There are 100 billion nerves in the human body.
Put another way, there are 14 times more nerves in the body than there are people on planet. That’s quite an astonishing figure.
Of course, clinically nerves are not called nerves. Instead, they’re called neurons.
Neurons interact with one another – spreading their messages through electrical activity. Sometimes, that electrical activity goes into overload. What manifests is a seizure, or convulsion. Drugs are then administered to patients to reduce the electrical activity to normal levels.
Electrical messages pass from one neuron to another via a small gap called a synaptic cleft.
To give you an idea of how nerves pass on messages to one another, hold out your fists and separate your firsts by a one-inch gap.
That’s pretty much how nerves are connected – one electrical message passing from the left side of your left fist, to the right-side of your left fist – passing that gap (synaptic cleft) – to pass on the message to the left-side of your right first, and so on.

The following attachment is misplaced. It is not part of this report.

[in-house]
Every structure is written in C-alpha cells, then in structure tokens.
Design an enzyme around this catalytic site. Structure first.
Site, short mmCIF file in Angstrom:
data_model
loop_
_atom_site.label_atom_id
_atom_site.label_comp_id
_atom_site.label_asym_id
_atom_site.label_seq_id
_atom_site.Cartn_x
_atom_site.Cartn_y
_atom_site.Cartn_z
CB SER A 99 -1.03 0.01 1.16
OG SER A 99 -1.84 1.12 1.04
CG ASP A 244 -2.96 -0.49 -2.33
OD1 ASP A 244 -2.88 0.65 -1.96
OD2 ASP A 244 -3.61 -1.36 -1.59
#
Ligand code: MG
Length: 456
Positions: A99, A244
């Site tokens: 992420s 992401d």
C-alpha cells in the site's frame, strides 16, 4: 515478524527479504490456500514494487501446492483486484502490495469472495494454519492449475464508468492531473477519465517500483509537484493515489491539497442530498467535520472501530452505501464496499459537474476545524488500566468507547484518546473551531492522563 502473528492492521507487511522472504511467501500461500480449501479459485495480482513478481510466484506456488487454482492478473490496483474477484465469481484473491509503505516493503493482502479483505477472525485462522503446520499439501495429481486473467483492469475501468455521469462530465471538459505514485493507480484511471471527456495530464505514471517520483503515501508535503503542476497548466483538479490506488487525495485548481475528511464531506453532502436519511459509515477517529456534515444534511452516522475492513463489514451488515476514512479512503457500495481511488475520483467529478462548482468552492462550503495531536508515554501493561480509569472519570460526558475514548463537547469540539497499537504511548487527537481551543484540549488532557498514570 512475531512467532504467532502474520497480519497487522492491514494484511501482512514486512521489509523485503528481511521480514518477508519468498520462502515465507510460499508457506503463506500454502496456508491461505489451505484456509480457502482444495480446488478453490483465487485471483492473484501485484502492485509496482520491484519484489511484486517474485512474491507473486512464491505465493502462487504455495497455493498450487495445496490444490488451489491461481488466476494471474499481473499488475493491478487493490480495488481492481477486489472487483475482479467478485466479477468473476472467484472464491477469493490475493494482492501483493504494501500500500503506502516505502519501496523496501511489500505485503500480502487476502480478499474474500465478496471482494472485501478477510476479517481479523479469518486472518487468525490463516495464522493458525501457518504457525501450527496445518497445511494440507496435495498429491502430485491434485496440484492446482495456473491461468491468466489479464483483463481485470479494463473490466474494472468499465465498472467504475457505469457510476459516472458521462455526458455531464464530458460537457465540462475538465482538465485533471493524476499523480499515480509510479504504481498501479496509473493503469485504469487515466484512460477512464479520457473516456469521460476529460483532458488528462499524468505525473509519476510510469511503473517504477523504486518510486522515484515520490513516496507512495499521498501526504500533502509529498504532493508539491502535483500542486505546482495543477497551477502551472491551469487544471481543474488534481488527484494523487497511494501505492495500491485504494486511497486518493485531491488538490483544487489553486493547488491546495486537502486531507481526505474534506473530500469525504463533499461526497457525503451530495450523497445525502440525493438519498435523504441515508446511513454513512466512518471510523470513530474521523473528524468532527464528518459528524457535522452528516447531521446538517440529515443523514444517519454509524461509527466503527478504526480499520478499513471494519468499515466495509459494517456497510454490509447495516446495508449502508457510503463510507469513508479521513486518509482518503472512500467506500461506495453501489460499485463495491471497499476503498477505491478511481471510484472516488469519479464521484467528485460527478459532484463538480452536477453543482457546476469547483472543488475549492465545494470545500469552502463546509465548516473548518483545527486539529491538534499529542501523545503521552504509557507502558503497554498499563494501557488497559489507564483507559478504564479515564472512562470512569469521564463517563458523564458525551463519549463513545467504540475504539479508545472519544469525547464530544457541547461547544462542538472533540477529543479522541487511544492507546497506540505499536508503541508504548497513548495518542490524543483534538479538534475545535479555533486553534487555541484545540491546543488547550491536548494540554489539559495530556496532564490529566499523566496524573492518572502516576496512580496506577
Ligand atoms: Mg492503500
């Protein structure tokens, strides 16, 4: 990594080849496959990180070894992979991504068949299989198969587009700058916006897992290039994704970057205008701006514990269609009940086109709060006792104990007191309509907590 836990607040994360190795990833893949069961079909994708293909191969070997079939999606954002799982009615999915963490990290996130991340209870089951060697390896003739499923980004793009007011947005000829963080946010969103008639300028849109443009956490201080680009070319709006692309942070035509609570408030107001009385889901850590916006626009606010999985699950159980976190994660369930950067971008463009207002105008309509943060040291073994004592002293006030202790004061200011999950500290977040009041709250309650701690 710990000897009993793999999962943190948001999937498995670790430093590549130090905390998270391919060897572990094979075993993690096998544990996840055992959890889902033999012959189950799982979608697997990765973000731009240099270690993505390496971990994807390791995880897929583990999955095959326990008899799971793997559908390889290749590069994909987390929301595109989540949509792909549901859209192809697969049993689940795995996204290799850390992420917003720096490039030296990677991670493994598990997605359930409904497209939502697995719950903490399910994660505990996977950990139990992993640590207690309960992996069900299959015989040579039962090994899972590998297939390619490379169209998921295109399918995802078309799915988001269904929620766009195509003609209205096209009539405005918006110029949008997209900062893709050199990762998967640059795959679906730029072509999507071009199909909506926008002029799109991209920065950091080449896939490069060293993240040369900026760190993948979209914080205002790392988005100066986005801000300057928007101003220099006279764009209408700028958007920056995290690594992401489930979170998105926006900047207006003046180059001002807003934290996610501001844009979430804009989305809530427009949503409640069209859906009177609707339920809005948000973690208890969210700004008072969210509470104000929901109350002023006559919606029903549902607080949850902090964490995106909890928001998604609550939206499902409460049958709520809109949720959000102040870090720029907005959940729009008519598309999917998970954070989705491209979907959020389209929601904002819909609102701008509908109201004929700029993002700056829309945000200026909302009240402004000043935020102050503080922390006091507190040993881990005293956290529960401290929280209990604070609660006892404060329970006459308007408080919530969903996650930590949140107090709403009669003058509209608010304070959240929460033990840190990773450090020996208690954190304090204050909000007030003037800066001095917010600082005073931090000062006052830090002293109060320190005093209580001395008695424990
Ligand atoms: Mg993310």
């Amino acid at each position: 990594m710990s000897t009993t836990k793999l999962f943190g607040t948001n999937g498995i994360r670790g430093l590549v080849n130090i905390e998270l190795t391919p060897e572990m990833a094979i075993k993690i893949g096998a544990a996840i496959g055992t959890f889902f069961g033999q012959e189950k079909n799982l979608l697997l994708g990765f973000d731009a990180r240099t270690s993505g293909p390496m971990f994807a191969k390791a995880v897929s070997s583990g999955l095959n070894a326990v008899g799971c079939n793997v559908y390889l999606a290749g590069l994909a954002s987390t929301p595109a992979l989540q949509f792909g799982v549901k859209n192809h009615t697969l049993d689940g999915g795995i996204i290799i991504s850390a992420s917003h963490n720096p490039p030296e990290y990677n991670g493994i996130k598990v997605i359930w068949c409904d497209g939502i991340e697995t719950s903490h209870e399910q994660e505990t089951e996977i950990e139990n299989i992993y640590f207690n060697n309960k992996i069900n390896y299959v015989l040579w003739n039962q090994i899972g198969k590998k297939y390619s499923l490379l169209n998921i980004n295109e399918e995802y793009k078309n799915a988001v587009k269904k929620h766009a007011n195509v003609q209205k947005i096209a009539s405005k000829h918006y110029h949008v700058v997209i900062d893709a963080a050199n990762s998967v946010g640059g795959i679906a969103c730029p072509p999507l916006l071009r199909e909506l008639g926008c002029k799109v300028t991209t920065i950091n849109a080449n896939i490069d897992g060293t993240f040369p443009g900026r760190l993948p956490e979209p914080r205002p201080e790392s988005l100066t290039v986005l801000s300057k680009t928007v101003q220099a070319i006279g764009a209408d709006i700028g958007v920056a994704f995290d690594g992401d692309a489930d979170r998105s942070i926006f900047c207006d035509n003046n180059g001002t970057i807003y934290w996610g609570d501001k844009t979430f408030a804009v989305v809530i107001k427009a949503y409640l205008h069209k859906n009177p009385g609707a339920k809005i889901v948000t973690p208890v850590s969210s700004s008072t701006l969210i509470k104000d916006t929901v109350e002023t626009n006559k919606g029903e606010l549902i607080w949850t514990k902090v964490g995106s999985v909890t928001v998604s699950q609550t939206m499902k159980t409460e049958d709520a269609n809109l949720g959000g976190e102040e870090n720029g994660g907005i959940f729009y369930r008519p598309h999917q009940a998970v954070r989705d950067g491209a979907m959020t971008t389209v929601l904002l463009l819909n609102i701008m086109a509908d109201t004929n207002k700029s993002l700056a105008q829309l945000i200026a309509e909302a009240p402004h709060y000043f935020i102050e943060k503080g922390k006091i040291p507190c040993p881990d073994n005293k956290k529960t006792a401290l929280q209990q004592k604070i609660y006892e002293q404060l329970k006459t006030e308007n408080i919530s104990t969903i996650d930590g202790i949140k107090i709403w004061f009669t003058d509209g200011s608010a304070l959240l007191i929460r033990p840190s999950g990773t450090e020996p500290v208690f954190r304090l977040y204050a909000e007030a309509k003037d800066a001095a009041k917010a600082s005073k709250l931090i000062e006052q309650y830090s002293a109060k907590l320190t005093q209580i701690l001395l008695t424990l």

One the electrical message reaches the synapse, it triggers the release of a chemical – known as a neurotransmitter. We’ve all heard of neurotransmitters. They include histamine, serotonin and dopamine.
Neurotransmitters then pass across the synaptic cleft to cause the electrical impulse to pass onto the next nerve.
In summary, then, an electrical message from one nerve triggers a chemical release that passes on that electrical message to the second nerve. This process continues all the time.
Many people are deficient in neurotransmitters.
Depending on the neurotransmitter, this manifests in many different disease states. For example – patients who are deficient in serotonin may experience depression. Drugs – called SSRIs (selective serotonin reuptake inhibitors) – are used to prevent serotonin breakdown in the synaptic cleft. Less breakdown means more serotonin is available to pass on an electrical message to other nerves – alleviating the deficiency and restoring normal neuronal health.